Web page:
Slavery

Slavery is the practice of owning slaves. Though God permitted it in the Old Testament (See Permissive Will), He legislated laws to protect the dignity and individuality of the slave as a human created in God’s image. According to the New Testament principle, however, slavery is inhuman, immoral, and evil.

People sometimes bemoan the fact that slavery was permitted in the Old Testament; but, what one needs not fail to recognize is that it was permitted for only a liberating purpose and with certain limitations. It was both limited and liberating.

Deuteronomy 15:12-18 underscores at least three laws about the practice of slavery:

1. It was to be VOLUNTARY
The Law specifies, – If a fellow Hebrew, a man or a woman, sells himself.. (Deut.15:12, NIV)
It was not to be a forced bond-labor. It had to be voluntary. When a person would be in so much debt that he couldn’t pay it back anymore, he usually would prefer selling himself as a slave. In other cultures, such slavery would become permanent and for generations. But, the Bible didn’t permit that, unless the servant voluntarily willed to remain with the master (Deut.15:16-17; Exo.21:5,6).

2. It was to be TEMPORARY
It says that when one has served for 6 years, in the 7th year – you must let him go free. (Deut.15:12; Exo.21:2)

Slavery couldn’t spill over into the 7th year, which was the year of emancipation and rest. In that way, though a slave would not receive any hire wages for six years, except the food and basic necessities he needed, his debts would ALL BE PAID within just 6 years.

3. It was to be EMANCIPATORY
On the 7th year, the slave was not only released; the Law says, “And when you release him, do not send him away empty-handed. Supply him liberally from your flock, your threshing floor and your winepress. Give to him as the LORD your God has blessed you.” (Deut.15:13,14)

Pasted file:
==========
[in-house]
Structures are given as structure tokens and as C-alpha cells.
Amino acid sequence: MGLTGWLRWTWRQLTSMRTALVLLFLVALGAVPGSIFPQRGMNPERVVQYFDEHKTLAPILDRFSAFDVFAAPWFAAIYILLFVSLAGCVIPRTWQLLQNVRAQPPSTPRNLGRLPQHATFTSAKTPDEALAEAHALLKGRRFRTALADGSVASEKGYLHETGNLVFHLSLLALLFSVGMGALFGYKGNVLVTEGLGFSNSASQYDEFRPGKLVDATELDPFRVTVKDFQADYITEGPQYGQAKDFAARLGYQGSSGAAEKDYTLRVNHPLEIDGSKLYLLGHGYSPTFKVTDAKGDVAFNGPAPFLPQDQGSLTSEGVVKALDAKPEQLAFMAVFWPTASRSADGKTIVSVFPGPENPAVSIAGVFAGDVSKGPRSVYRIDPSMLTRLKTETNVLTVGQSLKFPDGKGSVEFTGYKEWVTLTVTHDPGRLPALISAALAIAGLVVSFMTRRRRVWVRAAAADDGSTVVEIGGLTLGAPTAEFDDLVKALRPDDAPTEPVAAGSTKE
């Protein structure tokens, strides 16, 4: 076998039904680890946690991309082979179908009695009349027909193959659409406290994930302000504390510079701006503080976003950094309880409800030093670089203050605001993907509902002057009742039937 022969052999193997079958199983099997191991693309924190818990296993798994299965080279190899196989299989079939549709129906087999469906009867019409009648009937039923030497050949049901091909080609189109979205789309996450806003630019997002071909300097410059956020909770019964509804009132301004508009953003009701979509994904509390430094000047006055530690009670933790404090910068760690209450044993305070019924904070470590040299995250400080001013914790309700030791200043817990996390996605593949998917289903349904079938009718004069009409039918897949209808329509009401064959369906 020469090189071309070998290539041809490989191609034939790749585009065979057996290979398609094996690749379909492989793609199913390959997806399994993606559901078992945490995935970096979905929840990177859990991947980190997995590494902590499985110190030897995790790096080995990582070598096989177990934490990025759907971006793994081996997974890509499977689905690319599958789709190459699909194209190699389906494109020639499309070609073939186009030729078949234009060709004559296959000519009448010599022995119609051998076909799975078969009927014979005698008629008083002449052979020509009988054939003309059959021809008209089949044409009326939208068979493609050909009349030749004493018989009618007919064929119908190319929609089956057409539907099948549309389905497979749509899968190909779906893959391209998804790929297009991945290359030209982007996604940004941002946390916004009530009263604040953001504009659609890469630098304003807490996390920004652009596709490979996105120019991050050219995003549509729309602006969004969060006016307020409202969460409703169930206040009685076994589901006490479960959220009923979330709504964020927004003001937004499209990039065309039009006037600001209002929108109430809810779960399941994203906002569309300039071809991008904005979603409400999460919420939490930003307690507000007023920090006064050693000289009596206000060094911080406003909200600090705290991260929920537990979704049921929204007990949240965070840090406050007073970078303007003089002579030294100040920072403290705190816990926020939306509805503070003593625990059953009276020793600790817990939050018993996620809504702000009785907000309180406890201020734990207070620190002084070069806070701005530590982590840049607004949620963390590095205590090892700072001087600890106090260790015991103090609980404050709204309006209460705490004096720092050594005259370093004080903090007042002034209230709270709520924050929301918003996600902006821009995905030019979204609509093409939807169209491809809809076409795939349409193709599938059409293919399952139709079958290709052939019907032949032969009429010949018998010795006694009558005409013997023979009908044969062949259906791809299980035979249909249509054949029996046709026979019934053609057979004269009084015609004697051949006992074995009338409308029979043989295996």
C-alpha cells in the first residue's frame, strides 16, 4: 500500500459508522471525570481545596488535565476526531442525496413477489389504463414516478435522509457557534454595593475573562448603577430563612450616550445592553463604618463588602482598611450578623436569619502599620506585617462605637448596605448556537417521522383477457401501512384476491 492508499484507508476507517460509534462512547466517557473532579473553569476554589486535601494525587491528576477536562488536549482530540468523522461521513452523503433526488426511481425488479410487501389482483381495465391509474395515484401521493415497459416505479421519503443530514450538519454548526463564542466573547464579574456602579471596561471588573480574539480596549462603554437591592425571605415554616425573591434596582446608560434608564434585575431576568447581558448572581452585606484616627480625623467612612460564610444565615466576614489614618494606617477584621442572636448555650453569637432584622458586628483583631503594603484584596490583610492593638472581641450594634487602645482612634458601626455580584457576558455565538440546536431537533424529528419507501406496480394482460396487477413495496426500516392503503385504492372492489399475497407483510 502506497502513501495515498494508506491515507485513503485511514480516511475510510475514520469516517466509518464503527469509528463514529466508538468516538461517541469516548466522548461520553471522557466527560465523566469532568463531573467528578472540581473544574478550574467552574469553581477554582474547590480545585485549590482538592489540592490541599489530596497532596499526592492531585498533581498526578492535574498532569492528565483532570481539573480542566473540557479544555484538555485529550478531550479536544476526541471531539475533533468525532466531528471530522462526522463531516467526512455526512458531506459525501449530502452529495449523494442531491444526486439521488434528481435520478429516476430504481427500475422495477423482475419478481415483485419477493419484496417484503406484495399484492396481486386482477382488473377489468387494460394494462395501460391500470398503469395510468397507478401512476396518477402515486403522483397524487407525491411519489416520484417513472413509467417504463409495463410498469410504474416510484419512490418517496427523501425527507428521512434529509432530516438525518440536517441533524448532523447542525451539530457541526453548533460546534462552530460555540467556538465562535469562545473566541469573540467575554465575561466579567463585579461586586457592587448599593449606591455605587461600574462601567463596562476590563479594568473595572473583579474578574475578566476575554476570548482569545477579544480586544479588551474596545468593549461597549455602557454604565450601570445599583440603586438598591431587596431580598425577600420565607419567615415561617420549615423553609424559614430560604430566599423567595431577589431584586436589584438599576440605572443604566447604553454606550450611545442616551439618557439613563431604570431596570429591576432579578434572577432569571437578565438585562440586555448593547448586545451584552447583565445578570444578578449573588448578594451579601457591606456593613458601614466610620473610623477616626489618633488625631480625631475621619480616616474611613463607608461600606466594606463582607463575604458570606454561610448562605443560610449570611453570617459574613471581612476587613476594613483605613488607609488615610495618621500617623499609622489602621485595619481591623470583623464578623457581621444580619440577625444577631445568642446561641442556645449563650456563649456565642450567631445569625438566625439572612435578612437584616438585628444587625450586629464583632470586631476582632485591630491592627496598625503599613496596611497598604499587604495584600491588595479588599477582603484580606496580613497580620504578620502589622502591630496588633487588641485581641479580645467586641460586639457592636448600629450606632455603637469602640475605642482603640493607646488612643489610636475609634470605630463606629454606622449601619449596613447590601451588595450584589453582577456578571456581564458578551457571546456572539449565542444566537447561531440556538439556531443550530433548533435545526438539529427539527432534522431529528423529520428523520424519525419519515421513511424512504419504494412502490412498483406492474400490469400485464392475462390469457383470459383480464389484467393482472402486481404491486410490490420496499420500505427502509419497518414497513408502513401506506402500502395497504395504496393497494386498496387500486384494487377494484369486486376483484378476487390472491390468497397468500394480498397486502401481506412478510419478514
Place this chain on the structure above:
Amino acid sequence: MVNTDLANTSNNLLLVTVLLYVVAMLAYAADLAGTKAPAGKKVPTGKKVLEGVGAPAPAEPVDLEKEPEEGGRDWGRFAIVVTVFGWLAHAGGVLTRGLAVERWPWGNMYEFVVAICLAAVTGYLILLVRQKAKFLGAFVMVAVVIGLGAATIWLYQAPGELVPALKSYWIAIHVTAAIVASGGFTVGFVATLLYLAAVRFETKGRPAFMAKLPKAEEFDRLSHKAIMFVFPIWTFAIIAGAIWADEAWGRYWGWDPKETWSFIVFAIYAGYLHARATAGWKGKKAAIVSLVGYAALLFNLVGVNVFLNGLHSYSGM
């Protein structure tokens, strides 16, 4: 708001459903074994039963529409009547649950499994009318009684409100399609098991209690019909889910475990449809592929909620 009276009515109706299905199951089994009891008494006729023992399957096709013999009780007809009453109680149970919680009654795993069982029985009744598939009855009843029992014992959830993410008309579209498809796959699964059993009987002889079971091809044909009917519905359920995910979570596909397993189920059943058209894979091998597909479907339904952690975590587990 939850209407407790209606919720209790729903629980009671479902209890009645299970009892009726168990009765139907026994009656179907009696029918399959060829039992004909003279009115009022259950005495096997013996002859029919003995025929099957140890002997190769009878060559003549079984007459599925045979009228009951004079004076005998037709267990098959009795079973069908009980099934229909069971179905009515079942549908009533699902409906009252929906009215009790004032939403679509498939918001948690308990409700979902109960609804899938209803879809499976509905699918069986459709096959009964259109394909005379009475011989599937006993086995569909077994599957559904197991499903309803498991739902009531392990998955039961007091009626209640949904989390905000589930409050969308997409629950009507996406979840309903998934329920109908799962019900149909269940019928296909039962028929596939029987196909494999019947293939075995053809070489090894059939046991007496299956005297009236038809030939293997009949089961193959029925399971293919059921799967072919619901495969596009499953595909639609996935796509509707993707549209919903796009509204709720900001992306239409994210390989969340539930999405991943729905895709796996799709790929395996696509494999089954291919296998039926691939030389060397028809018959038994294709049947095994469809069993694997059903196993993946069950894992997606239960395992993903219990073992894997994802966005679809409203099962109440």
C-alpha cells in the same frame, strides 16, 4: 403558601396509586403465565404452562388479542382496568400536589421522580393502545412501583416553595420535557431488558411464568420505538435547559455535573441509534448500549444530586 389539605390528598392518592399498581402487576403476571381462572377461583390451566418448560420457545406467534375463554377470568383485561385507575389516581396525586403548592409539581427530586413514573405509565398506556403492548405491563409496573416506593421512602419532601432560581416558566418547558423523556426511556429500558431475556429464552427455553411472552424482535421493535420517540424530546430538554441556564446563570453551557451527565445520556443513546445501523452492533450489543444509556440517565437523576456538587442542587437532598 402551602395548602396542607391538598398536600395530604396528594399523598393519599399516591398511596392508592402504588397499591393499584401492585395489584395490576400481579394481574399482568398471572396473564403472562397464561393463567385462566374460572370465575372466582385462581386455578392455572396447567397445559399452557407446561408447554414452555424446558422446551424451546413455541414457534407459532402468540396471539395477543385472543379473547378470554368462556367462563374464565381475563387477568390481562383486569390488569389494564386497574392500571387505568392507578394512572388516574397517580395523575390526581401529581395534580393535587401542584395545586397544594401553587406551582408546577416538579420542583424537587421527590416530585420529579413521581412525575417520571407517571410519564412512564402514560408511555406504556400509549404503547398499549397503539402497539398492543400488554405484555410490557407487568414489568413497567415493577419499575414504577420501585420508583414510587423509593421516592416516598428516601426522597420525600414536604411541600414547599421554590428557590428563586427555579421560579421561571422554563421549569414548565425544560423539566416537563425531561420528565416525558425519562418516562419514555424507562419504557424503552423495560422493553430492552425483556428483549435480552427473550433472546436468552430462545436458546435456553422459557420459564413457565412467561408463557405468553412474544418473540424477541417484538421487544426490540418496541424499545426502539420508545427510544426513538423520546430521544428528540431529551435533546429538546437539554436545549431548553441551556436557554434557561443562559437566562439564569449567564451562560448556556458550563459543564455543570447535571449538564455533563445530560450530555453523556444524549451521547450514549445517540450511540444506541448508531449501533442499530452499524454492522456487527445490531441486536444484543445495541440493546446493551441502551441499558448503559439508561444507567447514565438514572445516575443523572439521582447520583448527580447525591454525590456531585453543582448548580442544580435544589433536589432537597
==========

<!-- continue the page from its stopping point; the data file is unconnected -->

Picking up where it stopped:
The 7th year not only liberated the slave from ALL his debts, it was also the year of blessing for him. He could start his own business with all that he received from his master!

Protective Laws
1. For an escapee. There was a law that provided security for a slave who escaped from his master. It stipulated that the escapee slave should not be returned to his master, but must be allowed to live freely. (Deut.23:15,16).
2. For women. There were special laws for women that protected them from being exploited and dehumanized (Exo.21:7-11).

The Law again and again reminded the children of Israel that they were slaves in the land of Egypt (Deut.5:15; 15:15; 16:12; 24:18,22). Their redemption was an act of divine grace and mercy; and, they had no rights to deny that privilege to any human being at any cost (Matt.6:12).

That is why David said – I know, O LORD, that your laws are righteous- –  (Psalm 119:75).

In modern times as always, slavery is certainly an evil- in the Old Testament, it was only permitted as a lesser evil though with a seed of freedom implanted in it. However, today there are other more wicked ways in which people try to make slaves of people for life. When products are sold by using addictive mechanisms, when employees are forced into helpless subjection through manipulative methods, when banks and businesses force people into eternal and violent debts, these are more evil than the slavery that was present in olden days.

Bond-labor and forced bond-labor must be opposed; especially, bond-labor of kids: it is wickedness because the kids are innocent and not indebted to anyone: in fact, the world is responsible for the kids- welfare. When a state or nation incurs unjustifiable debts that are left unpaid, it forces its posterity into debt for what they didn’t choose to have. Such practices are unethical for every reason and must be opposed.

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